Columnist: “Esse Quam Videri” • Jennifer Smith, marriage and family therapist
Unless you are a Latin scholar, you may not know this phrase. It is the state motto of North Carolina and it means, “to be, rather than to seem.” Many people make New Year’s resolutions that they may have already broken. I would like to suggest a different kind of resolution that is more of an approach to life rather than a goal to simply be achieved. It is a decision not just to change our behavior, but to change the condition of our hearts. The beginning of this year may be a good time to check our pulses.
This approach to life questions the internal reality of our selves. It gets at the motivations, attitudes and values that guide our lives. I heard a metaphor recently describing what happens in our brain when we allow negative or defeating attitudes to rule us. Imagine you are cutting a path in a jungle with a machete. Cutting the path takes time and effort. The next time you go down the path, you are going to take the one that is cut. Eventually it becomes a path that is worn down by being used repeatedly. Cutting a new path in our brains also takes time and effort, but the new path can be the natural way we go if we use it long enough. The ability to cut a new path is within our power.
Truth be known, what is in our hearts eventually makes itself visible in our actions and heard in our words. “The anger we carry eats away at our energy, rendering us more and more depressed and disengaged. Or it erupts in irrational rage. The resentments we cherish become the revenge we pursue. The grudges we hold isolate or infuriate us. The venom in our hearts eventually kills both other and ourselves. Envy turns to gossip, and jealousy to slander. Pride holds us aloof from real friendship and genuine sharing. Lust turns into users and seducers. Anxiety makes us control freaks, and fear imprisons us behind bars of false security.”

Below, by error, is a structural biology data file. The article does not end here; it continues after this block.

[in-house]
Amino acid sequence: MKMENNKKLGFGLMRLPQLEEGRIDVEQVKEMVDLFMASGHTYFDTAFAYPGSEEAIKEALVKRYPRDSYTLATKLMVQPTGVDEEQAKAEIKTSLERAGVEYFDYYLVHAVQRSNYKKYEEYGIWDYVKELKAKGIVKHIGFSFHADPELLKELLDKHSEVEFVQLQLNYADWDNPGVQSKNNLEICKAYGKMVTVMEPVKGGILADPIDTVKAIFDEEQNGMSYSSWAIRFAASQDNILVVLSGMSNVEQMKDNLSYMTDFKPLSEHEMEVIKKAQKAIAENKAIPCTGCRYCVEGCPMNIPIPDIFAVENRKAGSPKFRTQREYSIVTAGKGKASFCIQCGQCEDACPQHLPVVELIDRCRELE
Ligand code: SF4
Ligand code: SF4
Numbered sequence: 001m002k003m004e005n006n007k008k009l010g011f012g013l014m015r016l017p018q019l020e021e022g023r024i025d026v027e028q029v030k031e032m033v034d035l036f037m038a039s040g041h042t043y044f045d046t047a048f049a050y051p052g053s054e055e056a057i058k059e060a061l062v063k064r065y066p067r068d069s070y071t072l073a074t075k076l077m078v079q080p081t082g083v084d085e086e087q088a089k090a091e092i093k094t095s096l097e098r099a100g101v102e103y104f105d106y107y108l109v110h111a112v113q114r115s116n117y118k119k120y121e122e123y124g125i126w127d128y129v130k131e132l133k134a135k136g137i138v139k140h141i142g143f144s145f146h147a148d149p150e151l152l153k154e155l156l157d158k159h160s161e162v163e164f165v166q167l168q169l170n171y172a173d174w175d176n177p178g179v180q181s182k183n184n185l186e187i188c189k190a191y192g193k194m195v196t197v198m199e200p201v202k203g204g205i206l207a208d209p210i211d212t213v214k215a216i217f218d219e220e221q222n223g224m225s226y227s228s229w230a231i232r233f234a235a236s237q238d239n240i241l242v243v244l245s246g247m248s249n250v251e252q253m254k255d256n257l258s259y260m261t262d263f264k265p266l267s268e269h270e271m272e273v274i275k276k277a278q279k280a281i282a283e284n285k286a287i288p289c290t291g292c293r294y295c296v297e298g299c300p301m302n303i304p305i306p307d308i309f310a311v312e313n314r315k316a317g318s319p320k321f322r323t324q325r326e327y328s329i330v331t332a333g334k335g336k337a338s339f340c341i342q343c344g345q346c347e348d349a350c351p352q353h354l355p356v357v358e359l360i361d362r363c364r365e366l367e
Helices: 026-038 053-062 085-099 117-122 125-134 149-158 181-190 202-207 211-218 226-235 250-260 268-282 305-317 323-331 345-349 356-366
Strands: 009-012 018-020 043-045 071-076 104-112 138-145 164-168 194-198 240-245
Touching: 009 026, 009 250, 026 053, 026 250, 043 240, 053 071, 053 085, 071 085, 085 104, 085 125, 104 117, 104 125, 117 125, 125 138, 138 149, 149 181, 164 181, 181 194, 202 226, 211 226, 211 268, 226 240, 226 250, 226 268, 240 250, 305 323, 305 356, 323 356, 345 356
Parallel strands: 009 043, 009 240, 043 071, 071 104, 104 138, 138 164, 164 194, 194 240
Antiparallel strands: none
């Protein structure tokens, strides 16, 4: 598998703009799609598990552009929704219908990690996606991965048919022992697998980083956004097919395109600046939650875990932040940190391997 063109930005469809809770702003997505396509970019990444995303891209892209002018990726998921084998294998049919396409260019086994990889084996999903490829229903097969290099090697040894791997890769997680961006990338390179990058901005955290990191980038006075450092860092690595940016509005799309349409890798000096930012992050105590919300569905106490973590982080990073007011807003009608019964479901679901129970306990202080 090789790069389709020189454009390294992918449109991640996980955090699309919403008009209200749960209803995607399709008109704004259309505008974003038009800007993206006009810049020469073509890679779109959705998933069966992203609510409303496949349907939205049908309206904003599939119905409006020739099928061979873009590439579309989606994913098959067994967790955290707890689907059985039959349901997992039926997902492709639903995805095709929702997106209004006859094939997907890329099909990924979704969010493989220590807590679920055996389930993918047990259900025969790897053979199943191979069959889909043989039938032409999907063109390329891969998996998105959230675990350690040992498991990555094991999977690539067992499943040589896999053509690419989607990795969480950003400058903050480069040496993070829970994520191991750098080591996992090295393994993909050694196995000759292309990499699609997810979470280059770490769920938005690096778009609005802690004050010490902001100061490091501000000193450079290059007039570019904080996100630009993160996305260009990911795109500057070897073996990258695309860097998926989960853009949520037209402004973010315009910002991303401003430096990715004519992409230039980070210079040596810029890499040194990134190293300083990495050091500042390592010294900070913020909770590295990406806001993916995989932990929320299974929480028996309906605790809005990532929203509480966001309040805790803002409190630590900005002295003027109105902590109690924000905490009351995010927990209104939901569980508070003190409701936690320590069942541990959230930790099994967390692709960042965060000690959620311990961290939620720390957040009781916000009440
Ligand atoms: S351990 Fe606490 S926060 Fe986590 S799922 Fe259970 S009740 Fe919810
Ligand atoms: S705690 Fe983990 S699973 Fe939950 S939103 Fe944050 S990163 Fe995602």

(Guy Sales, Formations Commentary, p.13)
So how do we change the path? We first take an honest evaluation of ourselves and own up to our own negative attitudes and actions. This can be a difficult venture, and one we may need help to navigate, either with friends, family or a professional. After this, we can decide to choose a new path and determine to live by that path. It is important to nurture our hearts wisely and tenderly. We can ask God to change us. We can fill our hearts and lives with words and actions that nurture our hearts towards good. We can choose positivity and be we can be grateful.
Positive change is within our power with the help of God. Our hearts are the pulse of our souls. “To be, rather than to seem” is a goal that leads to a more authentic and fulfilling life...and a good heart rate.
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Printed in the January 17, 2013, edition.